Thema

So Why Are We Writing About This?

Douglas Wilson

I


t was in the mid-seventies when American evangelicals began to wake up to the fact that our culture was beginning to tumble down around our ears. In 1973, the Supreme Court had ruled that it was unconstitutional for the various states to outlaw the dismemberment of the unborn. Men like Francis Schaeffer were used by God to rattle the pervasive evangelical complacency and to make us realize the ramifications of what was occurring -- and what was coming.

So a significant minority of the evangelical church began to mobilize and plunged into a cultural war for which we were woefully unprepared. All we knew was that they had begun to kill babies. How can they do that? This was America.

As the political battle began to take shape, the lack of historical perspective among evangelicals became more and more manifest. This lack of historical understanding was harmful in two ways -- and in both ways the integrity of God's Word was attacked.

The first was the result of the attempt by evangelicals to portray the pro-life movement as a modern form of abolitionism. We were taught that earlier Christian social "reformers" like Charles Finney were ardent abolitionists, and we pro-lifers were walking in their footsteps. We were taught that Roe v. Wade was comparable to the Dred Scott decision. And so we argued and talked and marched accordingly. The only problem was -- it wasn't true. For the sake of a convenient argument against the monstrosity of abortion, we abandoned the clear teaching of the Bible on another subject -- how slavery is to be understood.

Suppose a man presented himself for membership in your church. Upon inquiring as to what he did for a living, you discovered that he was an abortionist. Should he be admitted into membership? Of course not.

Now suppose this same church were moved back in time, and a man presented himself for membership along with three of his slaves. Now what do you do? If he is admitted to membership, then it is clear that abortion and slavery are not considered analogous. And if he is refused membership, then what are you going to do when he (his name was Philemon) goes back and tells the apostle Paul what you did to him?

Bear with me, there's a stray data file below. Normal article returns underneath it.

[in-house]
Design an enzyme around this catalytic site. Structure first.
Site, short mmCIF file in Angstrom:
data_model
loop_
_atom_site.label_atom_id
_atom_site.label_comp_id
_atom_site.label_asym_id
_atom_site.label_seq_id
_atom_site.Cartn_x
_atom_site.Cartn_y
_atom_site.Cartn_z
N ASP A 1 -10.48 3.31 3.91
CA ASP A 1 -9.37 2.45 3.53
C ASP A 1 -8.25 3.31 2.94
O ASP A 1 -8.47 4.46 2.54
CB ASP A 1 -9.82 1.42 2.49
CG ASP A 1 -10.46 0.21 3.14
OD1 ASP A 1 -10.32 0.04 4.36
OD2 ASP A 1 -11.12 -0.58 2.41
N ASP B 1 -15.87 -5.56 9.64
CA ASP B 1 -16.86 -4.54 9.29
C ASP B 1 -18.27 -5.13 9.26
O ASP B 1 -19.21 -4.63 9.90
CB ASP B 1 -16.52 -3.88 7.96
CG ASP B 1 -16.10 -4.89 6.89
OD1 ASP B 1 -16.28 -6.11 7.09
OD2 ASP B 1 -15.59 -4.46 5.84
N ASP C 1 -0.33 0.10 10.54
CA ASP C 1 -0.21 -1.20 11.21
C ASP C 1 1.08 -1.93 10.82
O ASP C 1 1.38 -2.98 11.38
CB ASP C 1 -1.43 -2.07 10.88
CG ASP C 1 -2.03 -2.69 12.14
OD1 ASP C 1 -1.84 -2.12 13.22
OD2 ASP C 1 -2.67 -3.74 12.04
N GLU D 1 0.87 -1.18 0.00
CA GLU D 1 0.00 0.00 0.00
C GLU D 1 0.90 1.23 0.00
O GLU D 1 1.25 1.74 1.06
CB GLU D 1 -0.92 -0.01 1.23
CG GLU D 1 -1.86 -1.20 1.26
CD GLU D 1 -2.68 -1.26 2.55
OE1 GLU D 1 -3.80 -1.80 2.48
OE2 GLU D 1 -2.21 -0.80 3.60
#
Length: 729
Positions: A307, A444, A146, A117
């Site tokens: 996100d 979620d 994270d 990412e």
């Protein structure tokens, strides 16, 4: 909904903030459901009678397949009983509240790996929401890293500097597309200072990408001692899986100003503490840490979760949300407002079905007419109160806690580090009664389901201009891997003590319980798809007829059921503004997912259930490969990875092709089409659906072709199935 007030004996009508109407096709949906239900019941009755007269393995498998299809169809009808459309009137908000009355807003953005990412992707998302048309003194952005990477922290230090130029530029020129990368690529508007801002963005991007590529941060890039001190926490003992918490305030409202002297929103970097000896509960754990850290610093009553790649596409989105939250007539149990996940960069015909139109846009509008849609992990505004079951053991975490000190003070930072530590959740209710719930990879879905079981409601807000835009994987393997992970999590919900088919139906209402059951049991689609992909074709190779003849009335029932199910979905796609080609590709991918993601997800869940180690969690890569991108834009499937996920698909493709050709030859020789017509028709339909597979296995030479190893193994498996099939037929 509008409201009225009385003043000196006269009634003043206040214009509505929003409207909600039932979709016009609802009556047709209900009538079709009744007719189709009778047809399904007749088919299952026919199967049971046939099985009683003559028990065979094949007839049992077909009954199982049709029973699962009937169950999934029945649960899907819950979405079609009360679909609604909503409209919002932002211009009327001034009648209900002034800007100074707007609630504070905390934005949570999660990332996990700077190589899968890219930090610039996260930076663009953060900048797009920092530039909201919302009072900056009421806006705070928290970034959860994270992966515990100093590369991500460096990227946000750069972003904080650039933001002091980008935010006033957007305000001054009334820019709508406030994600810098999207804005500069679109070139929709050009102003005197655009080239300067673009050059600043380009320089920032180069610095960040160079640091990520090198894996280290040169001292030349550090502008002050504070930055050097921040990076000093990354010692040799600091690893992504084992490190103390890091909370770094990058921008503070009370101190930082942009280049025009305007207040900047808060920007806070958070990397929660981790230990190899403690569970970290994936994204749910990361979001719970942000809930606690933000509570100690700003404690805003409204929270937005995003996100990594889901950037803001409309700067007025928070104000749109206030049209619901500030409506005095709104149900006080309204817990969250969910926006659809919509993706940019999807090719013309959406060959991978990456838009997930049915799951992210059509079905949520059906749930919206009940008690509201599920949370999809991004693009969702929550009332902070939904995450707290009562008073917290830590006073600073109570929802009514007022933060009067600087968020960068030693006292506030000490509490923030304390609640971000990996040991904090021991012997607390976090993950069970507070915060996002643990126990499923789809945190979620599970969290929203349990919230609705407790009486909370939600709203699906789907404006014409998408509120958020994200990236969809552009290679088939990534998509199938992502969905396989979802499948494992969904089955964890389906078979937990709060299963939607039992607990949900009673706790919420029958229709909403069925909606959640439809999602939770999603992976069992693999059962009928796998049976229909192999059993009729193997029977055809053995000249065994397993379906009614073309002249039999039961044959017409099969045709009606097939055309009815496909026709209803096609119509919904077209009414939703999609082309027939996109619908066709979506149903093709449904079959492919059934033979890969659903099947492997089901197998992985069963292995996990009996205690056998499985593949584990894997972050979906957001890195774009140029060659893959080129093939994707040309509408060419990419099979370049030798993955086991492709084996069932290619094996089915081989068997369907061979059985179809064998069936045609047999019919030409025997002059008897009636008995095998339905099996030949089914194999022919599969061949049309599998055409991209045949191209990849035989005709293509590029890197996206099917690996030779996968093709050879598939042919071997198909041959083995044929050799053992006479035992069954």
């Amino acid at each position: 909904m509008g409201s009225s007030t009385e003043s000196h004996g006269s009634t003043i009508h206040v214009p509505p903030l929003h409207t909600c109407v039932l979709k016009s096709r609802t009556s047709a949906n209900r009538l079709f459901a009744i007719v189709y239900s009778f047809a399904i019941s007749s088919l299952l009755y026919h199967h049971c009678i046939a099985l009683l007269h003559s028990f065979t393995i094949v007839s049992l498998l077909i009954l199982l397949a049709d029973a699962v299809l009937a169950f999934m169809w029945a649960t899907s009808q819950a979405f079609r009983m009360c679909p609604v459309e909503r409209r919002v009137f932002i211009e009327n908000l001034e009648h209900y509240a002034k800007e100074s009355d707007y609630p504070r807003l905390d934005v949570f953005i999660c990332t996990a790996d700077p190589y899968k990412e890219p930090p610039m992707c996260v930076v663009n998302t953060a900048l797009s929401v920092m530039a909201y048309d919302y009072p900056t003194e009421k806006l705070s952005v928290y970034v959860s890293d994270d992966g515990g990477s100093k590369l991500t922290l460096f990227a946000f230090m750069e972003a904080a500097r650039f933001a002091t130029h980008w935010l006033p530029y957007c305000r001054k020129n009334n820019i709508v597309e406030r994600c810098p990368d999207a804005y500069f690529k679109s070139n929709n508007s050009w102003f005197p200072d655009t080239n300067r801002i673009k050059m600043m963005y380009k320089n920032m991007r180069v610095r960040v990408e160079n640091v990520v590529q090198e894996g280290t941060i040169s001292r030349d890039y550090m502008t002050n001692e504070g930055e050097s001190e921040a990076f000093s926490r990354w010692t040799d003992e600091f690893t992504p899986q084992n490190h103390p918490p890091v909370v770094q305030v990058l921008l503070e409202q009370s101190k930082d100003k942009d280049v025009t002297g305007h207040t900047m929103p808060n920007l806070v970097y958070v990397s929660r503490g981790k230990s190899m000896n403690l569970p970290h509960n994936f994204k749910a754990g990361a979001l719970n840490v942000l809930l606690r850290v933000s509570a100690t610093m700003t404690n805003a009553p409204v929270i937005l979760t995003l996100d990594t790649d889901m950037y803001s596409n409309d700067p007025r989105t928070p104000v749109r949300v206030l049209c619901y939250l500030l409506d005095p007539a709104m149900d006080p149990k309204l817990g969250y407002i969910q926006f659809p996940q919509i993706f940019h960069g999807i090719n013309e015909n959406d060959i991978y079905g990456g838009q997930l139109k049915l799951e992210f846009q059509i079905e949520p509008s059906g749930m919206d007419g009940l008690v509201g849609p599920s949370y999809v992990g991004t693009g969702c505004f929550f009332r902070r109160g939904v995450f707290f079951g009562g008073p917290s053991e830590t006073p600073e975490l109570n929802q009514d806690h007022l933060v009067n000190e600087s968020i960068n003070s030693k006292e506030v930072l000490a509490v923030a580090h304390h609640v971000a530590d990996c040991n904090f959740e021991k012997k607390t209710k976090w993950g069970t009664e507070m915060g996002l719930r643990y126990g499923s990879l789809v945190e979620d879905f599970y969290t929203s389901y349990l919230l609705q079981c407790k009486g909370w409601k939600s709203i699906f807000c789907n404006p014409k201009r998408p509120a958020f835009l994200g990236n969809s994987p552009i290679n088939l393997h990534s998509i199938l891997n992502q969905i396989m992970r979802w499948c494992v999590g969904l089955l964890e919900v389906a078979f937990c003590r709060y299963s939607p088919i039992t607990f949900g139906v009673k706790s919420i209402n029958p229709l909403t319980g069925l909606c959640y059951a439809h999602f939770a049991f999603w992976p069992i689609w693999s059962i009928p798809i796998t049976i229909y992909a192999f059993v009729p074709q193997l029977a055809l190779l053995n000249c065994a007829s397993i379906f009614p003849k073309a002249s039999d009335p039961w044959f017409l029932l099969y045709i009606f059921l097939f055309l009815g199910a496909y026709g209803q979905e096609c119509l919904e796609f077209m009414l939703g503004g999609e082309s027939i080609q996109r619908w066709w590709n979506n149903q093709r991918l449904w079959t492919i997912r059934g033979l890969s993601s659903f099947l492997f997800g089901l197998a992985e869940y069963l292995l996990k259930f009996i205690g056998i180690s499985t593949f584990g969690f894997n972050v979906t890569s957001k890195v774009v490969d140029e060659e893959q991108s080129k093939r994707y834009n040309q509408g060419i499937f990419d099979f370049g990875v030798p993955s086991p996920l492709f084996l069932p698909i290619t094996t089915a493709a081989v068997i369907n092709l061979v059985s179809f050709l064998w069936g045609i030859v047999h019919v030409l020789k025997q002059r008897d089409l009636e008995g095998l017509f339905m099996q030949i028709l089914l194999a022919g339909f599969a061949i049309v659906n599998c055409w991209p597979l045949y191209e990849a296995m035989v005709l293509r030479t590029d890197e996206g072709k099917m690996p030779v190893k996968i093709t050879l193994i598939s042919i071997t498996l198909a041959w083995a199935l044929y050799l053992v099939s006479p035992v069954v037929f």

It is obvious that in a fallen world, an institution like slavery will be accompanied by many attendant evils. Such evils existed with ancient Hebrew slavery, ancient Roman slavery, and with American slavery. The issue is not whether sinners will sin, but rather how Christians are commanded to respond to such abuses and evils. And nothing is clearer -- the New Testament opposes anything like the abolitionism of our country prior to the War Between the States. The New Testament contains many instructions for Christian slaveowners, and requires a respectful submissive demeanor for Christian slaves. See, for example, Eph. 6:5-9, Col. 3:22-4:1, and 1 Tim. 6:1-5.

But I mentioned that the harm was two-fold. The embarrassment of evangelicals over the plain teaching of the Bible can be put to an adept use by those in rebellion against God. I once saw Jerry Falwell on television in a debate with a liberal Episcopalian bishop. Sad to say, the liberal bishop mauled Jerry Falwell badly.